Sept. 26, 2012— -- When Oni Chen went off to the London College of Communication where he did his dissertation on apps, he said he missed his girlfriend terribly, and especially their sex life.
So Chen, a 27-year-old marketing major from Taiwan, came up with a novel idea to experience intimacy long distance. He invented LovePalz, a gender-appropriate sex toy that conveniently works with an iPhone or other mobile device.
Talk about phone sex. Chen describes it as a "Wi-Fi-connected love machine that lets both the top and the bottom stimulate some sexy time."
The two gadgets -- Hera, which is designed for women; and Zeus, more for males -- produce sensation and motion "in real time" via an Internet connection, according to the LovePalz website.
"When I was studying abroad, my girlfriend and I were apart and had a long-distance relationship, sex wasn't something we could achieve," he told ABCNews.com. "So I thought, why can't we have something that can help us spike up our relationship when we are not around each other?"
All it takes, apparently, is a smartphone and $95 for the two devices. The app has a video conference function, too.
"It doesn't really work, if you don't see each other," said Chen. The device is "controlled through your action," and responds to the movement of the lover on the other phone.
"Mobile devices are just a tool to communicate," he said. "The concept is to stimulate virtual sex -- to feel as real as possible."
But Joanne Cantor, a University of Wisconsin psychologist who specializes in the stressful aspects of the digital revolution, said LovePalz could be a poor substitute for the real deal.
"It's probably a novelty thing and you try it once," she said. "I can just visualize the person holding the phone in one hand and the device in the other hand. How sexy does that feel?"
"My thinking is this would be probably not work very well and kind of reflects what's going on in technology," said Cantor, author of the 2009 book "Conquer CyberOverload."
Would the app be used, like other online pornography, with a stranger, rather than the spouse? "There is a great general tendency toward moving away from full communication to something less complete," she said.
Cantor hails Skype as a worthy invention that brings families together, but said texting rather than talking, and Facebooking rather than meeting with real friends, can be dehumanizing.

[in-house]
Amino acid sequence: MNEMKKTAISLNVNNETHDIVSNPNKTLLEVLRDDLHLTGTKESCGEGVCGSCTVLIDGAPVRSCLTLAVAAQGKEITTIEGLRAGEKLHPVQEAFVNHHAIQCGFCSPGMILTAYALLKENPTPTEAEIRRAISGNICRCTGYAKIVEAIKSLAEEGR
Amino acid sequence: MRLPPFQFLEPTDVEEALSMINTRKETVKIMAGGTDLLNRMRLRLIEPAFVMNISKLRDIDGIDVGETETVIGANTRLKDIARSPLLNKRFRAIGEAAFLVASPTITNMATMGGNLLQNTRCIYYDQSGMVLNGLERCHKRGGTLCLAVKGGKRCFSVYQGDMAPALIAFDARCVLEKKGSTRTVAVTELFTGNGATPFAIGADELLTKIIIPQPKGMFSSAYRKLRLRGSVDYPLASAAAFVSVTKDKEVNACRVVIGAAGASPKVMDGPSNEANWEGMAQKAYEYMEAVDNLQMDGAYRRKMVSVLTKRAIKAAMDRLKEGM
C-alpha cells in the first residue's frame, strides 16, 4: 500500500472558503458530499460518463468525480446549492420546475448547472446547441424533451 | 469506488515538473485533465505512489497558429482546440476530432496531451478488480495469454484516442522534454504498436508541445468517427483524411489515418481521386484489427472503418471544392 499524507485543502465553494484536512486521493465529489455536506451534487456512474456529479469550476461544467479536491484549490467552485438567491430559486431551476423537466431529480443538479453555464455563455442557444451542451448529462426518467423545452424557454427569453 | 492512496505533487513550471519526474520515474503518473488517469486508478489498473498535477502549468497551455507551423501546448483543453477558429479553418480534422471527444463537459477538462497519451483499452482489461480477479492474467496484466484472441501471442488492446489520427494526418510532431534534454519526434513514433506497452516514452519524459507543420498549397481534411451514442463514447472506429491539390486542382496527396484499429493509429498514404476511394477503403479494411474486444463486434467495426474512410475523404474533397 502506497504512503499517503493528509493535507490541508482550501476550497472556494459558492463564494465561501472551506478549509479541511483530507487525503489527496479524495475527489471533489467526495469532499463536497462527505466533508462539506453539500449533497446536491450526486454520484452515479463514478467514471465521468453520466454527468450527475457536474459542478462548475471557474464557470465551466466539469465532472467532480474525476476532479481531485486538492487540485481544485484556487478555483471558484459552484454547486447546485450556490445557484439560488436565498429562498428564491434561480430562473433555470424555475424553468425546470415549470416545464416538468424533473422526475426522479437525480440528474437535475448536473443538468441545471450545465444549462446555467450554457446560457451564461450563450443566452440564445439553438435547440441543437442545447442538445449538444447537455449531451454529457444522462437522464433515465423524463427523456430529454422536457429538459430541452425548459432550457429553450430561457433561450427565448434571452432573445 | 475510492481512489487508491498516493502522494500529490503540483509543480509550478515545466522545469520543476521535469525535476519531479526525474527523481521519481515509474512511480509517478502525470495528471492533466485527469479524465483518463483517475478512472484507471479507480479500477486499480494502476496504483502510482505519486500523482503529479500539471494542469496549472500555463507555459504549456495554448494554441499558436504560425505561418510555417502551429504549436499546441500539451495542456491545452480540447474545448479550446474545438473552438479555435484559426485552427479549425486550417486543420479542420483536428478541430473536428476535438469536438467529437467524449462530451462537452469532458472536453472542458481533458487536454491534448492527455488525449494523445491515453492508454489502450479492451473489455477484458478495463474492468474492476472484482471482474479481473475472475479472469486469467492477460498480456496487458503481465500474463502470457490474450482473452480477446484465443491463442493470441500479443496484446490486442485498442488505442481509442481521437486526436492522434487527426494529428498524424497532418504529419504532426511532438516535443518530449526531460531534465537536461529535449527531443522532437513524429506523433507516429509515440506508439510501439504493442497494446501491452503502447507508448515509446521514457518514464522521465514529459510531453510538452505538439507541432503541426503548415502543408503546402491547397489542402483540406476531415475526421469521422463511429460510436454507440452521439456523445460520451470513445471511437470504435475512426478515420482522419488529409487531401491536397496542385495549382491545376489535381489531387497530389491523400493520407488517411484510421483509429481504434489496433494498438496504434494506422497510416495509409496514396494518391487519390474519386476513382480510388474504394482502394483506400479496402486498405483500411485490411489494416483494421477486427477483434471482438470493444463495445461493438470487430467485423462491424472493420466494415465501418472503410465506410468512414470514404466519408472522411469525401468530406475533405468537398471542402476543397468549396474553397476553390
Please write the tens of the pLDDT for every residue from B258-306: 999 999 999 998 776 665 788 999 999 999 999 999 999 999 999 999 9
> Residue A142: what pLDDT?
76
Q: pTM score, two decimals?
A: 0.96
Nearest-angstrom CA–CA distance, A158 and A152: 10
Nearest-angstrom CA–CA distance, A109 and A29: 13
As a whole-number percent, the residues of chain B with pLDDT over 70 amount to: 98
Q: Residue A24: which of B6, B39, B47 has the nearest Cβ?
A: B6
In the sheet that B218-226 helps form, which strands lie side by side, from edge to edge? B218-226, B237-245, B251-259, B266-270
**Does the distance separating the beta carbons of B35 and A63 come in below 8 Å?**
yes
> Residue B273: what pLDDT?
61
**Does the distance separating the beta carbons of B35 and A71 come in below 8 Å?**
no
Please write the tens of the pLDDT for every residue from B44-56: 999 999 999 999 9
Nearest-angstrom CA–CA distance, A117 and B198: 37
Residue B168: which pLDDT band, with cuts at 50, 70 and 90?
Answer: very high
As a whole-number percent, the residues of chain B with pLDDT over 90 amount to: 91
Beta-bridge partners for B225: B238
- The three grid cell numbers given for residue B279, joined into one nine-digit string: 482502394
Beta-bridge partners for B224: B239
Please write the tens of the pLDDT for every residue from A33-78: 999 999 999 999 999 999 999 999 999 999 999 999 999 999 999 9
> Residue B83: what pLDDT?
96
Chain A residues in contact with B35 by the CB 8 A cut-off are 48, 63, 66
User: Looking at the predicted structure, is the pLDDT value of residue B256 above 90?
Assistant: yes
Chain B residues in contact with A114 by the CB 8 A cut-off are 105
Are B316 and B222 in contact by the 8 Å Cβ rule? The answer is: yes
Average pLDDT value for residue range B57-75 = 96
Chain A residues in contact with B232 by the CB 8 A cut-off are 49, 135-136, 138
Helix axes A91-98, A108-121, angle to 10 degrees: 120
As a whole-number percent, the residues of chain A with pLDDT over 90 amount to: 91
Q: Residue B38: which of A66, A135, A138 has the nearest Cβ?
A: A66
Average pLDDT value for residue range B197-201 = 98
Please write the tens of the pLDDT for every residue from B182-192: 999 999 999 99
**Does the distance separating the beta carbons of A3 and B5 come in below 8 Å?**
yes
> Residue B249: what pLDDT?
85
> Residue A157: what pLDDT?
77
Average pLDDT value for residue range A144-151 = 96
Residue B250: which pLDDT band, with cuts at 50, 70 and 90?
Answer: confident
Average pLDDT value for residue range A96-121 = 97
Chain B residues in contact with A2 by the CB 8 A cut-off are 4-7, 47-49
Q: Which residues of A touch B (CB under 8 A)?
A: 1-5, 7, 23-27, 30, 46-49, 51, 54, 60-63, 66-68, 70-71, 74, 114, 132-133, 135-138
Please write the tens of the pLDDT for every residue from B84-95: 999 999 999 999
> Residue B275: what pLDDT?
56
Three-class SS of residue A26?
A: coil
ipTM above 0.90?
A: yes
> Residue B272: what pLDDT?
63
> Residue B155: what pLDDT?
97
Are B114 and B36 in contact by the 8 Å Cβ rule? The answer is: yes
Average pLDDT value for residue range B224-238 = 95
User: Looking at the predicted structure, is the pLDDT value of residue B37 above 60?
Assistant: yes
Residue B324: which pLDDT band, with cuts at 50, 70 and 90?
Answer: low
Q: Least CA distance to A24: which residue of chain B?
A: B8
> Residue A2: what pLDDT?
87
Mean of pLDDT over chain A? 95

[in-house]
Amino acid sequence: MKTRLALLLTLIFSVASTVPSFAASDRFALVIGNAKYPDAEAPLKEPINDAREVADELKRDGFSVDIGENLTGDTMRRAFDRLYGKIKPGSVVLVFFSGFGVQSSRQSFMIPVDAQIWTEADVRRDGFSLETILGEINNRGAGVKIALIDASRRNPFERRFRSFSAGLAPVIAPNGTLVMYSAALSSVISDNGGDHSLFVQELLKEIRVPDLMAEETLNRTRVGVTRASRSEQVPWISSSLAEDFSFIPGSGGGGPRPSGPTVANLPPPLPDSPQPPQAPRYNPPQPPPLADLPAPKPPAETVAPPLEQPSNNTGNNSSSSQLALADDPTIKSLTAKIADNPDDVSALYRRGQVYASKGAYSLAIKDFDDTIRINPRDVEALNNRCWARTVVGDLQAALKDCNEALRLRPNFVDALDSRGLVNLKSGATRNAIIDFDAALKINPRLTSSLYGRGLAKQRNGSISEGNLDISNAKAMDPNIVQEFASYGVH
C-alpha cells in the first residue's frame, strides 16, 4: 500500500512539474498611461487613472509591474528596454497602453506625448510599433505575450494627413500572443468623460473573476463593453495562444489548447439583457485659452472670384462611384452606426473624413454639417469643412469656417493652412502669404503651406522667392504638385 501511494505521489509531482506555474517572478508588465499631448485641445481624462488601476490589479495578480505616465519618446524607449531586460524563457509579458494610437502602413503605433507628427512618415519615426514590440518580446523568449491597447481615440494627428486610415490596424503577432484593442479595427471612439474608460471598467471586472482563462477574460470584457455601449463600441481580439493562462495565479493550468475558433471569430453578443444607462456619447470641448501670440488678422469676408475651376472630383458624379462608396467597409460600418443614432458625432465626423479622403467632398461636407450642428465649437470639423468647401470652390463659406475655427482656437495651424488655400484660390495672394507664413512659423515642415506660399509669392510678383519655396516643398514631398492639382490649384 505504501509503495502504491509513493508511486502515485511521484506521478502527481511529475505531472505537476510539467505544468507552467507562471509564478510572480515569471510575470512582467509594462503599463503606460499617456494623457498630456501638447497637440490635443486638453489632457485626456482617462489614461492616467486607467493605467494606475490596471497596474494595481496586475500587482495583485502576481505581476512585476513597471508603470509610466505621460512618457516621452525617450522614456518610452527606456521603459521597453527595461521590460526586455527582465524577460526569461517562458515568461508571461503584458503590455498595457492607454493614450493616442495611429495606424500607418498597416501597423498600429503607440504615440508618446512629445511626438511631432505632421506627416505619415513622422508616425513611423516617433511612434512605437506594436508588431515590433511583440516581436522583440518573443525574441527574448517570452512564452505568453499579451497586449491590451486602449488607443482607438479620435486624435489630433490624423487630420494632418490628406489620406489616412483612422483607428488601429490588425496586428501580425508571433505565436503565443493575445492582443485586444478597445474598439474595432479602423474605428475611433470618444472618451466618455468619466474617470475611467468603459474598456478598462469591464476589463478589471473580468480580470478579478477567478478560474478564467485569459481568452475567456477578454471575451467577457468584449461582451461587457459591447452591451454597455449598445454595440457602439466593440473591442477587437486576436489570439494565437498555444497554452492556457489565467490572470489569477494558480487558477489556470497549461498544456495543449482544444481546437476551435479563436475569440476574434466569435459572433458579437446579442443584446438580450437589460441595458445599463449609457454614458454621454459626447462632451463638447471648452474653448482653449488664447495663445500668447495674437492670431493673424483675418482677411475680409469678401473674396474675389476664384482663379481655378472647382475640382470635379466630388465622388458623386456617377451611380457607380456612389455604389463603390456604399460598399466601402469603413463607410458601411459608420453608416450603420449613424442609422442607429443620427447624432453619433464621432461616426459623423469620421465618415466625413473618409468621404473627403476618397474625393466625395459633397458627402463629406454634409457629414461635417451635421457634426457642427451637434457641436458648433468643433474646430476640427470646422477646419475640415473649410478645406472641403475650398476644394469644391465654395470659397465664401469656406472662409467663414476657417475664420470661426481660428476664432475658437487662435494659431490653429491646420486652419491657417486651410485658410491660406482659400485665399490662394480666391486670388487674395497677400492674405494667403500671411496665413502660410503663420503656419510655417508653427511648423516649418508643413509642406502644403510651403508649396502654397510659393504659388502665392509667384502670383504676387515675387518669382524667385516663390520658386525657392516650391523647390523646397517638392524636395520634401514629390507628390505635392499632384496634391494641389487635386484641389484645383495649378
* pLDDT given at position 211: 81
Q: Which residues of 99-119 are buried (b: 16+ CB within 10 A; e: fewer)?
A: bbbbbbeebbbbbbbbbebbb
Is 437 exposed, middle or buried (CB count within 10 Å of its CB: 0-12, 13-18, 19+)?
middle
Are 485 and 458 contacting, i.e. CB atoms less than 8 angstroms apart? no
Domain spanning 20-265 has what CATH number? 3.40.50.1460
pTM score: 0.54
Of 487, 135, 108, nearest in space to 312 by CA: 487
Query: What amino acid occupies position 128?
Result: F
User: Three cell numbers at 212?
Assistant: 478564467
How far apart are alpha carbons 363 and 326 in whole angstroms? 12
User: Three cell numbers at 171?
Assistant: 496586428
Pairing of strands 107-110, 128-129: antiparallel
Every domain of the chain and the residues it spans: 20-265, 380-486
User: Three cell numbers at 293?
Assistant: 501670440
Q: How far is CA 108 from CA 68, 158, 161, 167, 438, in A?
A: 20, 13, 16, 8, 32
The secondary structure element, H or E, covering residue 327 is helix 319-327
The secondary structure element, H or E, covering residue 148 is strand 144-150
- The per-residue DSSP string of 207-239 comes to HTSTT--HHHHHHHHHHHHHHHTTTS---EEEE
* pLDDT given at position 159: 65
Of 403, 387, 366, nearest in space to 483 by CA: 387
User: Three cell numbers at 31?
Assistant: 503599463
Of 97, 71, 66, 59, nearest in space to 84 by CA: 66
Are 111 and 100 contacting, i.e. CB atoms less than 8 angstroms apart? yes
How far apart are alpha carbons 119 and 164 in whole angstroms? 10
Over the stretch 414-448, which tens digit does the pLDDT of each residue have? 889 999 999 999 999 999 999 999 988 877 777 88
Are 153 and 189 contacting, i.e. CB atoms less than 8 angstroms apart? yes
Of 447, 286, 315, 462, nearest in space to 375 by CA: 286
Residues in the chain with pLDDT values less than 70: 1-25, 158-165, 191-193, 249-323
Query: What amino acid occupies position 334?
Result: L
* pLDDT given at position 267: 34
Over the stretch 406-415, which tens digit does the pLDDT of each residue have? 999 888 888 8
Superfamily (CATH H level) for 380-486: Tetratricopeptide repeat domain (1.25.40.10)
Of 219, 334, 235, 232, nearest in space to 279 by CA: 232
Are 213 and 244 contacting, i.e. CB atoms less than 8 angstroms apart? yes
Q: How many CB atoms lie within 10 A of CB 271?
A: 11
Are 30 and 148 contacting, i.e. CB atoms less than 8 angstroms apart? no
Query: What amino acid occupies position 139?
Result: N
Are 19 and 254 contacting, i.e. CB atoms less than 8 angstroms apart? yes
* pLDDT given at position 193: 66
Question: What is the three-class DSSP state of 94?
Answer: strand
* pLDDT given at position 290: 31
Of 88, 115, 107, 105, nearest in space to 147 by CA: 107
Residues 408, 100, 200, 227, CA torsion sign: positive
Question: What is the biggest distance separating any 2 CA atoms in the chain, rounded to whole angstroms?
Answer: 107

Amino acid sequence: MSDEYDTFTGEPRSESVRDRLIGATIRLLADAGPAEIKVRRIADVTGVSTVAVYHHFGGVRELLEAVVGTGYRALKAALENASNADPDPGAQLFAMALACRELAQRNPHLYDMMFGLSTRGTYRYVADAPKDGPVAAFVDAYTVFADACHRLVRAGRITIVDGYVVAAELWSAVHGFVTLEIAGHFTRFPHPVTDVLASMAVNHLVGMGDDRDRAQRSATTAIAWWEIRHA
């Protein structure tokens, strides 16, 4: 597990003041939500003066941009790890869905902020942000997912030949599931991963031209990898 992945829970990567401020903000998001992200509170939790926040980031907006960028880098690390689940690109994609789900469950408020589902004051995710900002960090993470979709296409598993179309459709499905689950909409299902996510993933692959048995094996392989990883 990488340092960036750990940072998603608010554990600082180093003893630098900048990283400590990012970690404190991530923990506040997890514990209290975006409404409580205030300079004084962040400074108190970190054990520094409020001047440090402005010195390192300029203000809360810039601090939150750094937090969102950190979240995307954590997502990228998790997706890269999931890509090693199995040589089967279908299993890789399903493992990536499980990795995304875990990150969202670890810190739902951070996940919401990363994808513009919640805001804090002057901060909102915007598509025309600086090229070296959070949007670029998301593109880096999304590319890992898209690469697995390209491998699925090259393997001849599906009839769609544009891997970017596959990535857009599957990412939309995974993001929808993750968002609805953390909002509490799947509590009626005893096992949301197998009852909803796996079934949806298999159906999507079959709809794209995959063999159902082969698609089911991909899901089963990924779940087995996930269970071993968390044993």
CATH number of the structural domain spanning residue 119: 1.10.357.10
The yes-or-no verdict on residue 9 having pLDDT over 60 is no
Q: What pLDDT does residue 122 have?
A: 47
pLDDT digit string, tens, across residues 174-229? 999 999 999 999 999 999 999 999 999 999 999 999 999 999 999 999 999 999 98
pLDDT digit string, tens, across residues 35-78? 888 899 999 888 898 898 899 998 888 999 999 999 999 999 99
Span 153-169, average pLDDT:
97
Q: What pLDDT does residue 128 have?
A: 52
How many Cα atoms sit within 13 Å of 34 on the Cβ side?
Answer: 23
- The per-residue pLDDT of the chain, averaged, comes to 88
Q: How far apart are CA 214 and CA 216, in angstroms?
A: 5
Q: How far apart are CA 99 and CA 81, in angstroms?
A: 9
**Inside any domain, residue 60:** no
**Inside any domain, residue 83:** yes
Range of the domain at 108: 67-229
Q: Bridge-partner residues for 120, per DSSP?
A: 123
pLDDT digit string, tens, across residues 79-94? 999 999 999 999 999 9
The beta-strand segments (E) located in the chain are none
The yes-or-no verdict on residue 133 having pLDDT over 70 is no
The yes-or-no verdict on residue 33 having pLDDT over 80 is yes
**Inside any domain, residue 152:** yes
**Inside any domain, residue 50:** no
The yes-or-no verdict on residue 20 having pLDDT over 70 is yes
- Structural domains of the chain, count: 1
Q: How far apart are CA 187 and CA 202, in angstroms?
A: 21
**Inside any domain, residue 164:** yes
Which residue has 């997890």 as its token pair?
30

"As our gadgets get smaller and smaller and work everywhere, they can dominate your life," she said. "Unless you are aware and make some decisions, they will control every minute of your life."
Chen readily admits the app has not been approved or even submitted to Apple for its App Store, nor has the device yet been manufactured. His website concedes that Kickstarter, a fundraising site for new ventures, has declined to help. Still, he says his company has already received 2,432 orders from the United States and around the globe.
But, he told ABCNews.com, "We are ready. Theoretically and practically it works." Chen continues to ask for "donations" and doesn't require payment until his company can deliver devices by January of 2013
So for now, the LovePalz website enthusiastically describes Chen's vision: a "streamlined" metallic device that will give "long lasting" pleasure.
"Even if your hands sweat, it will not slip away, and it is very easy to wash if it gets dirty," says the site. "The device's fully water proof design allows it to function perfectly in water."
The device boasts "multiple pressure and speed sensors" to transmit his-and-her reactions via an Internet connection.
But is that enough to salvage a long-distance relationship?
"People have lots of opinions," said Chen, defending LovePalz. "But we think it can actually help a lot of couples and maybe even reduce their risk of cheating when they feel lonely or bored."
Chen reports that sadly, his steady girlfriend is no longer around. Maybe the device could have kept the long-distance lovers together?
"Probably, maybe," he said. "But maybe not."